What did Einstein actually believe about God?

Okay, back to Victor Stenger’s original claim. Was Albert Einstein an atheist or not? Let’s investigate. As sources, we can use his public statements, published essays, private letters, and observations of his physicist colleagues.

Public statements – Biographers record that Einstein had a lot to say about God. When asked by a Rabbi if he believed in God, Einstein responded that, like Spinoza, he believed in a “God who reveals himself in the harmony of all that exists.”[4] However, unlike Spinoza, he did not equate God with nature.[5] Instead, Einstein’s God created nature. He conveyed to a student:

“I want to know how God created this world. I am not interested in this or that phenomenon, in the spectrum of this or that element. I want to know His thoughts; the rest are details.”[6]

Yet was Einstein’s use of the word “God” just a figure of speech, as some have suggested?[7] Did he merely use the word as a synonym for the order and intelligibility of the universe? No.

Biographer Max Jammer concluded, Einstein did not consider himself to be an atheist or a pantheist. While he saw God in nature, Einstein did not consider God to be nature.[8]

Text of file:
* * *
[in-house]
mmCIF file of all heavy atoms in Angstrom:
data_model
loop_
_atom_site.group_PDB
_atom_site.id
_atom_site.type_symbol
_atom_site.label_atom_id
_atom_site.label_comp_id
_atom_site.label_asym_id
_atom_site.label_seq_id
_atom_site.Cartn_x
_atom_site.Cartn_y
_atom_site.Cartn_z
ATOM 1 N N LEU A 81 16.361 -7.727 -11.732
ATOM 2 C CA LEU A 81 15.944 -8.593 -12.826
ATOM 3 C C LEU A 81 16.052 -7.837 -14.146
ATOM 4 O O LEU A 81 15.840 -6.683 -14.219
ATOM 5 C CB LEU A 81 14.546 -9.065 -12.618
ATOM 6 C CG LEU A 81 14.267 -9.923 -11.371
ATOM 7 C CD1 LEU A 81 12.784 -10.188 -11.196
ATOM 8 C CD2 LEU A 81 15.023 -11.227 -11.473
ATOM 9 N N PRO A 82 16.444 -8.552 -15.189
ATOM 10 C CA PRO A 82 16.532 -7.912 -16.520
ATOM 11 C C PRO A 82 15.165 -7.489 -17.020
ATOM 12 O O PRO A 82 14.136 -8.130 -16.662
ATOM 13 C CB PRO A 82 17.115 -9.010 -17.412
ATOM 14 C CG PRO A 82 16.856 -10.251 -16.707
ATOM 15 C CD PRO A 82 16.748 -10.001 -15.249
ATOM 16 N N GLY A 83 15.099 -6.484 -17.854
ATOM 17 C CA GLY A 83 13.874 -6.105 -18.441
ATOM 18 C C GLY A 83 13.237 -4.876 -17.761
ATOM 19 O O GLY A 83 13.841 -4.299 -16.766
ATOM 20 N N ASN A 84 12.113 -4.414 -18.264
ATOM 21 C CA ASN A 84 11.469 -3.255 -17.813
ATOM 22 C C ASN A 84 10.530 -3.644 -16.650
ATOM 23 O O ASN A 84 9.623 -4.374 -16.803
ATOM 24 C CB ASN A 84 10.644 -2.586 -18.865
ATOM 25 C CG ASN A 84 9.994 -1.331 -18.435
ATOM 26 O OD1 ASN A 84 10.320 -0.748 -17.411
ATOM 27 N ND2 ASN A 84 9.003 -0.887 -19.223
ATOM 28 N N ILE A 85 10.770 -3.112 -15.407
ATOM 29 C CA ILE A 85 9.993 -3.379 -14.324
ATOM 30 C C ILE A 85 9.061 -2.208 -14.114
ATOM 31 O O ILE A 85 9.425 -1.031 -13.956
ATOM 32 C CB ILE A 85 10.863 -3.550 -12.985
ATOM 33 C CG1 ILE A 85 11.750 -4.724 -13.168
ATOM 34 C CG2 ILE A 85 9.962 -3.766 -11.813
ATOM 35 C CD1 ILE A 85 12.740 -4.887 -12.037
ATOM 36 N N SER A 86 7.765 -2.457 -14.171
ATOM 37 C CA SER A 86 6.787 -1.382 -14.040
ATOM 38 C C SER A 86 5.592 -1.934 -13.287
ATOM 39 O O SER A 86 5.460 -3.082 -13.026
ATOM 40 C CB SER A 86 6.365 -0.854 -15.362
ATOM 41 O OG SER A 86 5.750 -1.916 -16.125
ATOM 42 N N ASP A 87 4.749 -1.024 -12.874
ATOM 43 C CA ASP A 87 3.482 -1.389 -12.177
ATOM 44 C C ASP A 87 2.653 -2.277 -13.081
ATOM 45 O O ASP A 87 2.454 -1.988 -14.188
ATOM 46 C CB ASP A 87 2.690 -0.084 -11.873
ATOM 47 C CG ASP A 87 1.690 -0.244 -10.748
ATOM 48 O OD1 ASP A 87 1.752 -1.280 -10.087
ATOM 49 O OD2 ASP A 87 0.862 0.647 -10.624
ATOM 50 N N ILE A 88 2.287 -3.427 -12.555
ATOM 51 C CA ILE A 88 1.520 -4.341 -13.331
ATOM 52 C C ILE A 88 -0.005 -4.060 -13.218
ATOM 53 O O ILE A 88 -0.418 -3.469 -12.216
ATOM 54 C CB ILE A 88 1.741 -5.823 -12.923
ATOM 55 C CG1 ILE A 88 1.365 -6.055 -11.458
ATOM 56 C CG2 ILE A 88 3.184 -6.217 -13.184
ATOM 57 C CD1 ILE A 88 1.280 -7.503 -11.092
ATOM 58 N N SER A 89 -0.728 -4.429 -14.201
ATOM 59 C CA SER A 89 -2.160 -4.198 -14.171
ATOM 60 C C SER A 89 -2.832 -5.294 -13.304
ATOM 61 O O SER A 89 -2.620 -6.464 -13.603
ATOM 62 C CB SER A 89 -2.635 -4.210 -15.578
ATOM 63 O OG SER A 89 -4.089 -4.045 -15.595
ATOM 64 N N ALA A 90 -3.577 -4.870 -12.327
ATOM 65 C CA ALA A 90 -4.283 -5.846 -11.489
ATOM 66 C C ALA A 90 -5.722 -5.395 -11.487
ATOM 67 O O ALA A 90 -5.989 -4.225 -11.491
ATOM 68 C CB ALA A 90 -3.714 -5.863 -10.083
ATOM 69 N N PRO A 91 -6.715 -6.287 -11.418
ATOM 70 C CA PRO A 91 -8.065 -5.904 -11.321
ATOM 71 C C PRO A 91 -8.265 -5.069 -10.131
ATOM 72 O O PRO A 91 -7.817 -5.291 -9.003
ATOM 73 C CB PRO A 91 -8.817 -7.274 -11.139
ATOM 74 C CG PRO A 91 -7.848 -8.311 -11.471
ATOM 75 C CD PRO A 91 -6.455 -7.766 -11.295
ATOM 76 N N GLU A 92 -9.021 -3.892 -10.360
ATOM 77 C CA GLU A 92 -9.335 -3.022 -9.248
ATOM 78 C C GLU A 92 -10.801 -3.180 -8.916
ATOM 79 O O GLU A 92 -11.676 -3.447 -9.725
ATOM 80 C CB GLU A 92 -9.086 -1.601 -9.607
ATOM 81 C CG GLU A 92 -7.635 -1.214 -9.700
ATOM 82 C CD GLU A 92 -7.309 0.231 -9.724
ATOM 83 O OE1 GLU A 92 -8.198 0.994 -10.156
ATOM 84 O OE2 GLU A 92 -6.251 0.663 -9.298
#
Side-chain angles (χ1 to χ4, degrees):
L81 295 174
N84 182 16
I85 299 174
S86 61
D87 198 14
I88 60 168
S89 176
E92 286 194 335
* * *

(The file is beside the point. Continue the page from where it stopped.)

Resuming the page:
Published Essays – Albert Einstein was raised in a Jewish family and participated in religious services as a child. However, as an adult he did not. Yet, from his published essays, it’s clear that Einstein admired the Jewish-Christian religious tradition and standards of value, morality and ethics.[9] To him, these were subjects that science and the scientific method were incapable of illumining.[10]

Einstein seems to have believed in the notion that meaning, value and morality exist apart from scientific justification – they are revealed.[11] And, he conveyed “It is only to the individual that a soul is given.” However, he did not believe in the idea of a personal God.[12]